Helping students find direction
Alex Tham Koy-siong
Teaching fellow in the department of marketing at City University. I also consider myself a facilitator who helps students find direction in their career paths.
I love reading, especially autobiographies by successful people. I like to read about their failures and I learn a lot from them.
I like 1980s Canto-pop. I find the music of George Lam Chi-cheung and Roman Tam very encouraging.
I was born in Kuala Lumpur in Malaysia and moved to Hong Kong in the 1970s with my parents.
I studied here so I speak fluent Cantonese.
During my undergraduate years, I wanted to study something fun and interesting, so I chose marketing. But everything becomes boring when you have to study and memorise it. You lose your motivation to work hard. When you lack motivation, you also lose your sense of direction in relation to your studies and your future. I had to search for my own direction.
After I completed my undergraduate degree, I worked for about a year and then did an MBA in Britain. When I returned to Hong Kong in my late 20s, I had realised I really enjoyed teaching, so I joined CityU, and I've been there ever since.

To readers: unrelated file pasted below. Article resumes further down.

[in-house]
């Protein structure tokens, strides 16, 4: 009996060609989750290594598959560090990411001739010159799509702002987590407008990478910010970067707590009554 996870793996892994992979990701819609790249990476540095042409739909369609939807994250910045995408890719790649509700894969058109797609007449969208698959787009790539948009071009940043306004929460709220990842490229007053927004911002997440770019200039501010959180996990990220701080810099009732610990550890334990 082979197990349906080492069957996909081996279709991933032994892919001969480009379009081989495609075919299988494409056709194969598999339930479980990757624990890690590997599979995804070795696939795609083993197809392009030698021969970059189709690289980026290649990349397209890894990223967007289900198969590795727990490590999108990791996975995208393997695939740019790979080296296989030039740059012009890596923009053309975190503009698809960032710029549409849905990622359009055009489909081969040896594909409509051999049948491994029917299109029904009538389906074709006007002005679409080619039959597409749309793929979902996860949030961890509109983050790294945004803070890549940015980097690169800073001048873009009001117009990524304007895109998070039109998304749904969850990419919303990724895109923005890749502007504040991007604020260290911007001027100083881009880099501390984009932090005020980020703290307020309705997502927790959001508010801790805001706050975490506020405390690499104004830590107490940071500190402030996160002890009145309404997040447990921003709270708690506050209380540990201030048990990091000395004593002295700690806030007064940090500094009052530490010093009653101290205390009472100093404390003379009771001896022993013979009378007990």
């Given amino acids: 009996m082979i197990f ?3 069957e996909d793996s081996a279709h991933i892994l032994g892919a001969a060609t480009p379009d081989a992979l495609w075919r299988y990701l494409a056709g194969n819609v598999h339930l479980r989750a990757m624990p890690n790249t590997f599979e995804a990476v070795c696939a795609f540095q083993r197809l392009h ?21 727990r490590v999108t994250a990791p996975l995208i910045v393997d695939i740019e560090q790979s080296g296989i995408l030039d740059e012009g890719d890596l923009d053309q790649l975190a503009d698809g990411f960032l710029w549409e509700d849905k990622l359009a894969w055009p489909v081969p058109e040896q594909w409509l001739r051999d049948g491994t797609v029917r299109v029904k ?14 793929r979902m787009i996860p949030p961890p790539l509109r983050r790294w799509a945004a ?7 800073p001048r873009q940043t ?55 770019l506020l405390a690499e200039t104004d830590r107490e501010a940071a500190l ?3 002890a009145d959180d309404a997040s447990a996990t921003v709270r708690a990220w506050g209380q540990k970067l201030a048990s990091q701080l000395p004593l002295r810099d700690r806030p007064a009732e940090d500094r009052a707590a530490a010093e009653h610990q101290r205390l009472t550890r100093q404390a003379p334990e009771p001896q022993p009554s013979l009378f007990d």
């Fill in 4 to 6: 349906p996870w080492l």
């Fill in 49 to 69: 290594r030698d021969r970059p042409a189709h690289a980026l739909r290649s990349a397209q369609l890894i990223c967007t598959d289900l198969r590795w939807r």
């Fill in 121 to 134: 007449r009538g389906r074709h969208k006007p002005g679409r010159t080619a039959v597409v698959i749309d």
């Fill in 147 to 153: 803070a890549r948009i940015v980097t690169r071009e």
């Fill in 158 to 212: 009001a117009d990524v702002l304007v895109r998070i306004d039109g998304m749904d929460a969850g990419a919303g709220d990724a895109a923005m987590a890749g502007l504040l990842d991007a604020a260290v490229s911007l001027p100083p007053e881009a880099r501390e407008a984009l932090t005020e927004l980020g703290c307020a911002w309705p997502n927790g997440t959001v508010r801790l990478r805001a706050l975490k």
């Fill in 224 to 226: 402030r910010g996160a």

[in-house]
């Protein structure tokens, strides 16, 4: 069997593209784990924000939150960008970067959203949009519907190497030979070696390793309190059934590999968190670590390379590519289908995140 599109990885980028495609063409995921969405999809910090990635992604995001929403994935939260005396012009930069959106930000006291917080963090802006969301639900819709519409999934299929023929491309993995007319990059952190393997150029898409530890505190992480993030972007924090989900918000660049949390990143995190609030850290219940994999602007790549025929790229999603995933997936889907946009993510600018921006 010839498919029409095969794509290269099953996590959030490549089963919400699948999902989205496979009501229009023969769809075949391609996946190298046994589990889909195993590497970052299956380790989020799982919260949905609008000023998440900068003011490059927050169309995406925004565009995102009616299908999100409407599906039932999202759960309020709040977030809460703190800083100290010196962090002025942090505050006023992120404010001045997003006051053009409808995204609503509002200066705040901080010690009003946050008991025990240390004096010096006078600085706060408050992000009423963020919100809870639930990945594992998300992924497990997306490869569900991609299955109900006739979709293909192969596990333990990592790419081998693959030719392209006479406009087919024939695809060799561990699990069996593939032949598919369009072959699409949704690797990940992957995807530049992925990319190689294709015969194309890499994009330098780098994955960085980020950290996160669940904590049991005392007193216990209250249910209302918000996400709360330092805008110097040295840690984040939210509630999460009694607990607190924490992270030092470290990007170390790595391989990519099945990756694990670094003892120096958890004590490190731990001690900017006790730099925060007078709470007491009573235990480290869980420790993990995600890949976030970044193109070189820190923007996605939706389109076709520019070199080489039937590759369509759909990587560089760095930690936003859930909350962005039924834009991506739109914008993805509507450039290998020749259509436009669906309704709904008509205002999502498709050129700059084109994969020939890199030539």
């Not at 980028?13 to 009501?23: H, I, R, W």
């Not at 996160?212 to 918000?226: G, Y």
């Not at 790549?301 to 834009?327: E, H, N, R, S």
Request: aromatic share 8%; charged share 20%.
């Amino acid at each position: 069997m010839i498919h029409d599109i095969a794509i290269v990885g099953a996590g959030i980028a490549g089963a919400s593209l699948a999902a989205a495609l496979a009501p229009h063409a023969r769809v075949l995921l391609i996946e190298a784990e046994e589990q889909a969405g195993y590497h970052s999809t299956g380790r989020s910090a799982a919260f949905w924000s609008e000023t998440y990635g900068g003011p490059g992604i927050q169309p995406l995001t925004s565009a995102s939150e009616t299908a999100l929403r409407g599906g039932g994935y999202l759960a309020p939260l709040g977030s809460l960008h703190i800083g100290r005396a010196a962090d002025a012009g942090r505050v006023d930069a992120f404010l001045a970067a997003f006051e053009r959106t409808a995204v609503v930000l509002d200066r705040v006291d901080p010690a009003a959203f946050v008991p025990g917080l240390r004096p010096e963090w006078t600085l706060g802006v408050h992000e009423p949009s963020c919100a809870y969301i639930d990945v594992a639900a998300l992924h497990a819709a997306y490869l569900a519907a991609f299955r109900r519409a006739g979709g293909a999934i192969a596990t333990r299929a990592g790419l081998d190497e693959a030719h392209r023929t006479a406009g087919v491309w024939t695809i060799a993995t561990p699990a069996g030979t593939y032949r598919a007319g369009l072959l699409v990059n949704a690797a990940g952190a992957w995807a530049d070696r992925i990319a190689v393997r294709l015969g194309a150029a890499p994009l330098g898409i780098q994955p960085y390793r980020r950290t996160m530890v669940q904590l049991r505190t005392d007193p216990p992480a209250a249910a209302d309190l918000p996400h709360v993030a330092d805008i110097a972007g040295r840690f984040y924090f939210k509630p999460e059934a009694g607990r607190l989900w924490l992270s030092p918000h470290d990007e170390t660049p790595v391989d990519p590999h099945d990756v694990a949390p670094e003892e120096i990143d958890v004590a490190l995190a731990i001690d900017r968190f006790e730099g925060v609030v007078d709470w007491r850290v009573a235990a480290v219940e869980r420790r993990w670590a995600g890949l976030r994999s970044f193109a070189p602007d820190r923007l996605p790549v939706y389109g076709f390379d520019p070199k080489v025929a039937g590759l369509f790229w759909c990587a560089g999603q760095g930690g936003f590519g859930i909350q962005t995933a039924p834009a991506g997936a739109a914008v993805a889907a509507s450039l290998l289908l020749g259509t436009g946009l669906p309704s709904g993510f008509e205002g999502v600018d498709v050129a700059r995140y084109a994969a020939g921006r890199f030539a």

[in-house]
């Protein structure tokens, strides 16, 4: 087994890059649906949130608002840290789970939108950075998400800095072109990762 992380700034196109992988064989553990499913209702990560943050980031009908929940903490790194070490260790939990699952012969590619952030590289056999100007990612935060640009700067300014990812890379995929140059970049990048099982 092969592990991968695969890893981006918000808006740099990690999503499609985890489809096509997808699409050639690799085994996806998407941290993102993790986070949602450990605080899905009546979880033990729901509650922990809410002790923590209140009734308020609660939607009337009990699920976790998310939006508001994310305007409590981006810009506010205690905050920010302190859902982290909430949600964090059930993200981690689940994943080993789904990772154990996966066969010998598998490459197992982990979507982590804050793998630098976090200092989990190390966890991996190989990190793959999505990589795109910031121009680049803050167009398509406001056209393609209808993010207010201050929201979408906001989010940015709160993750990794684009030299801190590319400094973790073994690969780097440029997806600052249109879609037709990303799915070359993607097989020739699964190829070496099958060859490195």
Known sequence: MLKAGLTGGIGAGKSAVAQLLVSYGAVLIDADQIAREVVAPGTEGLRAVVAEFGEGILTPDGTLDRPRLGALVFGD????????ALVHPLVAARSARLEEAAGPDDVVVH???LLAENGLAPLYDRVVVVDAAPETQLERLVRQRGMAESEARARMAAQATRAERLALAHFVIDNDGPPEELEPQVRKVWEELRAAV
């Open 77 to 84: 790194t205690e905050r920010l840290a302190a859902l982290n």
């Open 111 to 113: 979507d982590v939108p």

I realised a lot of students were as puzzled, confused and lost as I had been during my undergraduate years. My students enjoyed their lectures, but they lacked a broader life perspective. They didn't read newspapers or magazines, and they lacked English communication and writing skills.
I launched a scheme called the Active Learning Programme to encourage students to read, listen and watch anything and reflect on it in English. I wanted them to think, and interpret their thoughts. But some students thought it was not helpful, and due to the generation gap between me and my students, they didn't think the scheme was relevant.
In 2001, I started meeting my students individually for lunch or dinner to talk about their plans for the future. I asked them to map out plans for the next five years, and bigger goals for the next 10 or more years. I wanted to inspire them and help them find their way to success.
I have had lunches and dinner with hundreds of students in the past few years, and I have realised the problem for many of them is being passive about learning. To succeed, you need to be active and take the initiative to ask, to learn and apply.
I didn't have much patience when I was a student. I lost interest in a lot of things after a short time. But I've seen so much of life, I've realised that patience and passion are related to each other. It's like when you really want to date a girl, you need a lot of patience to wait and work hard to get her.
Vision for future:
I'll continue to work hard to inspire my students, and remind them that when you don't have passion for your future, you'll have no patience to work hard now, so you'll never act to achieve anything.
My daughter is only eight months old - my wife is planning ahead for her, but it's still a bit too early for me to counsel her.